• Openness. The resources produced in the UNLarium (dictionaries, grammars and corpora) are released under an attribute-share-alike license, which means that anyone is able to use them as they want, provided that any derivative work is released under the same license. Strongly formalized and heavily standardized, they constitute a valuable resource not only for UNL-related technologies, but for natural language processing in general, and may be used in several different types of projects, domains and environments.
  • Education. The UNLweb contributes to the dissemination of the knowledge on languages and language structures. It comprises an e-learning facility (VALERIE) that simplifies the contact with linguistics and linguistic categories, and the daily work in dictionaries, corpora and grammars provides a concrete and tangible experience of the complexities involved in languages and in natural language processing.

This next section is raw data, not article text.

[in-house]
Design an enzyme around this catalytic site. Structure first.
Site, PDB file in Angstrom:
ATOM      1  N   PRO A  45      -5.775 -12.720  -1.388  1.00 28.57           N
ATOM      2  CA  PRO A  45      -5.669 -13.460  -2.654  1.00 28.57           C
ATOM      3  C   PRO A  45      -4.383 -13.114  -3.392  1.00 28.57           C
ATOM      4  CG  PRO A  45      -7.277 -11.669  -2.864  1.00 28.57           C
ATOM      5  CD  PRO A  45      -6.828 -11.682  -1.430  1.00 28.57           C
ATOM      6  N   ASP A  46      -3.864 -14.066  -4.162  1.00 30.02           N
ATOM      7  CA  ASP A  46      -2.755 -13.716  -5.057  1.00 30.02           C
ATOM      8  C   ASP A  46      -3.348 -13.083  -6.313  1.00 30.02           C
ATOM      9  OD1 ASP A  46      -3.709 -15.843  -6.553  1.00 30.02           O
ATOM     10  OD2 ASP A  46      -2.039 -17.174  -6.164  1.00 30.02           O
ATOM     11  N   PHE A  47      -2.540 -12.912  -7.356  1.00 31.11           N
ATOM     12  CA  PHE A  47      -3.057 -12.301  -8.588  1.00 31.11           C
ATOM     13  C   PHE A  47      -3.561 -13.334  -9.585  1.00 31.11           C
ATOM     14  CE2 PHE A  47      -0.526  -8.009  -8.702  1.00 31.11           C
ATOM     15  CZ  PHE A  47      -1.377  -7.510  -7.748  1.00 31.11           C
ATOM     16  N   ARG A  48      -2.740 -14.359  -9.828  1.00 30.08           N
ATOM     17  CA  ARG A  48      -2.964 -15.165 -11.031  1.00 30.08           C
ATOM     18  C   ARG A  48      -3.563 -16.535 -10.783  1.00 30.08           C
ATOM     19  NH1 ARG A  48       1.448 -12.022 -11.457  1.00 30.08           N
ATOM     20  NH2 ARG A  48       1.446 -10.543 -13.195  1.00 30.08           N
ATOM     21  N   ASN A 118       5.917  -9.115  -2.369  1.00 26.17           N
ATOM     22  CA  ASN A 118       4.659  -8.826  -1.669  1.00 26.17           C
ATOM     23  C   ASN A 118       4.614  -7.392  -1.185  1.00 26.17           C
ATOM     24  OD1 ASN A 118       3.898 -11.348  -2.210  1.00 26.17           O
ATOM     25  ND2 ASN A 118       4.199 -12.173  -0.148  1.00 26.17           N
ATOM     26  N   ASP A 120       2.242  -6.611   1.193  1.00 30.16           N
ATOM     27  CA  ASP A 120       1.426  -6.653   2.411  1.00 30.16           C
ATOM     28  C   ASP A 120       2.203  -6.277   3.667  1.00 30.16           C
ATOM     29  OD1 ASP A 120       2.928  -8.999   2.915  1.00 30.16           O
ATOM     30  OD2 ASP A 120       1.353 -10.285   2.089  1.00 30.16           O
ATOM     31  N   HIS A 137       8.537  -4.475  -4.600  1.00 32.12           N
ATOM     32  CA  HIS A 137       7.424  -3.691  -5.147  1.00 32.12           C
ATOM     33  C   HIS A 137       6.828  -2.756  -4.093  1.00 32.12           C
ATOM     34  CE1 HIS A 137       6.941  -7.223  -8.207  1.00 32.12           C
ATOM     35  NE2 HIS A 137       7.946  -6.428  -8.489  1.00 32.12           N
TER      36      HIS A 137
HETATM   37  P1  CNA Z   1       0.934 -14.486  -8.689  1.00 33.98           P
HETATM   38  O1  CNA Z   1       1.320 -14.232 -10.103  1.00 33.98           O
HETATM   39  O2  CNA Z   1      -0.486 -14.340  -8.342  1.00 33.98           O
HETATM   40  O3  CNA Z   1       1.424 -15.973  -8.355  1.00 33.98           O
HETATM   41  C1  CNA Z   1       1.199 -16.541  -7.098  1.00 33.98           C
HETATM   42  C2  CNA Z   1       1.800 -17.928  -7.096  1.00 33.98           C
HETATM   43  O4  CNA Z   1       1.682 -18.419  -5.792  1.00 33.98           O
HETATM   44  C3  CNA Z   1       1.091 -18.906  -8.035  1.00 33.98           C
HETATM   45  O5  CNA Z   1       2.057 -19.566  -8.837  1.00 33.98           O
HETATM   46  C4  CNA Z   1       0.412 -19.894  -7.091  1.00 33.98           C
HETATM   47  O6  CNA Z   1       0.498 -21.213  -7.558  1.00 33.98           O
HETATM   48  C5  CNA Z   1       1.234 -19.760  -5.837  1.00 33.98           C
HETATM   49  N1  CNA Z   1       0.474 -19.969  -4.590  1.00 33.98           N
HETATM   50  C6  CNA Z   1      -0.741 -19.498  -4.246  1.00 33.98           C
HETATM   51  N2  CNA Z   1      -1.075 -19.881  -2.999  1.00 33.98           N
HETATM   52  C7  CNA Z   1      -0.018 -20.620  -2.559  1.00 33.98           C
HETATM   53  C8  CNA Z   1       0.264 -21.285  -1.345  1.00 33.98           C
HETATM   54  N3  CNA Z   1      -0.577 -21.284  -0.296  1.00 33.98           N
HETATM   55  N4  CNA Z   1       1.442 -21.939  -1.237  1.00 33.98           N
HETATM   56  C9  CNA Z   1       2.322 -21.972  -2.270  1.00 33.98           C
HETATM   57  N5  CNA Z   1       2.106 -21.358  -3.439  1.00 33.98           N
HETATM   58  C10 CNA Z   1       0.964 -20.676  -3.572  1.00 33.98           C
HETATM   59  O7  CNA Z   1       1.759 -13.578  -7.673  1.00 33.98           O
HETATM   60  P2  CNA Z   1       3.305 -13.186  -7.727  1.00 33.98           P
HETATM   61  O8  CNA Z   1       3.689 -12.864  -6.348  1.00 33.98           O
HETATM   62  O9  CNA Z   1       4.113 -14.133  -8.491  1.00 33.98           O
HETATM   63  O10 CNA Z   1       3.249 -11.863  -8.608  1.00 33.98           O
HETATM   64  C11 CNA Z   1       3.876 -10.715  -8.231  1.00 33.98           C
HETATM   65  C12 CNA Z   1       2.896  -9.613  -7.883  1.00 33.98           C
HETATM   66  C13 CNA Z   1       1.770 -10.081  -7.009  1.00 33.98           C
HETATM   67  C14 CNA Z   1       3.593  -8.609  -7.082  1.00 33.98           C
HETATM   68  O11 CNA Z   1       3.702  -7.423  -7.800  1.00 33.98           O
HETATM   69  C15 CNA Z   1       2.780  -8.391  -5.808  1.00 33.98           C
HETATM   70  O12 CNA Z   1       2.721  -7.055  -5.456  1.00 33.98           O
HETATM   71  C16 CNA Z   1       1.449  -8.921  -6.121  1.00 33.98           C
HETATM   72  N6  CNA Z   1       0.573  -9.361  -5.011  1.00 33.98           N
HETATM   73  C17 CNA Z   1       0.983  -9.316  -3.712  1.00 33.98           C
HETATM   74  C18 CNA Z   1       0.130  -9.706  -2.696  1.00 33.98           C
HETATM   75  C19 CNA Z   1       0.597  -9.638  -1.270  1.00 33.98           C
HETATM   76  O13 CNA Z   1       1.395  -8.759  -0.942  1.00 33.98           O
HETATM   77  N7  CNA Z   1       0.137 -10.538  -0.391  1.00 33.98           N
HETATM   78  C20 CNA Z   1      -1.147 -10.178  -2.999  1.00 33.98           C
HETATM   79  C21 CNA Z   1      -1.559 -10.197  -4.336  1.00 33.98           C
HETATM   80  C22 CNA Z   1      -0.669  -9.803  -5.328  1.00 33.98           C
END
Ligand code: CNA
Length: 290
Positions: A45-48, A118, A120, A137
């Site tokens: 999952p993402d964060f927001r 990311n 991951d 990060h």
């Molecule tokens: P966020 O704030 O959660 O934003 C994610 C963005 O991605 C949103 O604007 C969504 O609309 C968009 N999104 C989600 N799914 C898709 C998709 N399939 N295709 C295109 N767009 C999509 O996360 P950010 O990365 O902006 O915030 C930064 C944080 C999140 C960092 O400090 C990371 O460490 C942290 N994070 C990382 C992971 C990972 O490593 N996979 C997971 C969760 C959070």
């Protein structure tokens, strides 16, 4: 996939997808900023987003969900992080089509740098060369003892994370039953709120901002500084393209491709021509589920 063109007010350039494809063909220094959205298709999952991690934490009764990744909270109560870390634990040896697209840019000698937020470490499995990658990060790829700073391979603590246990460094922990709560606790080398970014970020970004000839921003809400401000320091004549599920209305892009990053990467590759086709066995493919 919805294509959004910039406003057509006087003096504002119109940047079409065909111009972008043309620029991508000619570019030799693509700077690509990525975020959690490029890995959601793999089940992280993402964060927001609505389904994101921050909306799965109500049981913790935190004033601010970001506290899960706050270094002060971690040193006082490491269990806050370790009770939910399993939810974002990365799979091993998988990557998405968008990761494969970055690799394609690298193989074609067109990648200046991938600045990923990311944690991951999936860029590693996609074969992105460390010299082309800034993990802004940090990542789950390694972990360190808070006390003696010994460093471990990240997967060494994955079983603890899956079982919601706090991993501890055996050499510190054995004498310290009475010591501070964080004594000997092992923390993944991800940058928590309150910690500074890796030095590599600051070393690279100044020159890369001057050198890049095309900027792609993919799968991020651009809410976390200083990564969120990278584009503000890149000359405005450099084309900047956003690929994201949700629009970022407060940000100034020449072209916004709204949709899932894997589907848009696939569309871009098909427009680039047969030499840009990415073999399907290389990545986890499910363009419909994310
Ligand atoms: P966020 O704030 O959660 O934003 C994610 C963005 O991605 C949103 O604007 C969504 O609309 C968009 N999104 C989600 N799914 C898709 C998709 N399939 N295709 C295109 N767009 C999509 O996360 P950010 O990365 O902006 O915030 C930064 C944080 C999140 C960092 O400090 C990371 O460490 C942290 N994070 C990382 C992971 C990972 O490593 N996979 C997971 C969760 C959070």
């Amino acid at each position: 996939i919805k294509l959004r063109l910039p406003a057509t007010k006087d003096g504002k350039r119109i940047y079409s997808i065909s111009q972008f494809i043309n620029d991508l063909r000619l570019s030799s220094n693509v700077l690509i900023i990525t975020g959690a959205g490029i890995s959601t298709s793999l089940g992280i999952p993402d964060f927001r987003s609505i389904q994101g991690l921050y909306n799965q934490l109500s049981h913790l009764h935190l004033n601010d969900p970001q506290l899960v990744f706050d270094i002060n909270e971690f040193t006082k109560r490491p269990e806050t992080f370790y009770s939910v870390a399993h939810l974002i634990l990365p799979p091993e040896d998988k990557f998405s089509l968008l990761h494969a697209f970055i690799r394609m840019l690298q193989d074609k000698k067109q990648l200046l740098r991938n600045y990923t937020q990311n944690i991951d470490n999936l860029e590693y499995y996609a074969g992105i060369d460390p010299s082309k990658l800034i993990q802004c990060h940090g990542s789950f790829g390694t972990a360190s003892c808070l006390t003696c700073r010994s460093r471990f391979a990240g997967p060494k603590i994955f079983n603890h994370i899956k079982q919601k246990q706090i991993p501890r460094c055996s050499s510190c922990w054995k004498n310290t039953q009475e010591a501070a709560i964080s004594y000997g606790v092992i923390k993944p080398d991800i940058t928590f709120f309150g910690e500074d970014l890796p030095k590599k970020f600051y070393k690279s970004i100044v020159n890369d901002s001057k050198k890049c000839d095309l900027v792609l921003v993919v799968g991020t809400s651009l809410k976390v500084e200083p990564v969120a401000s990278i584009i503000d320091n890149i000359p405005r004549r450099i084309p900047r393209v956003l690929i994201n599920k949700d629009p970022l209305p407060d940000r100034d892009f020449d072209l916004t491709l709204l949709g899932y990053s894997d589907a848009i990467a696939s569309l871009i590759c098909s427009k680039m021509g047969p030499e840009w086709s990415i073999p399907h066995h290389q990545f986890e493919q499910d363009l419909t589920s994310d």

• Science. The UNLweb , as a distributed and integrated development environment for creating linguistic and computational resources, is a place for improving, sharing and  disseminating the technology on languages, in a way that it will be accessible to all,  from any country and any language.

I'm a language specialist. How much money may I make working in the UNLweb?

This depends largely on your work and expertise, and on the availability of funds for your language and project. Beginners (A0) receive only USD0.25 for each new entry inserted in the dictionary or for each new paradigm created in the grammar, but experienced users (C2) receive four times more (USD1.00) for the same work. Our average user has been inserting 30 new entries per hour (which makes USD7.50 for a beginner, or a USD30.00 for an experienced user), and we have been paying the average of USD300.00 a month per user (but some make more than USD2,000.00). It is important to observe, however, that many projects and languages have not been funded yet.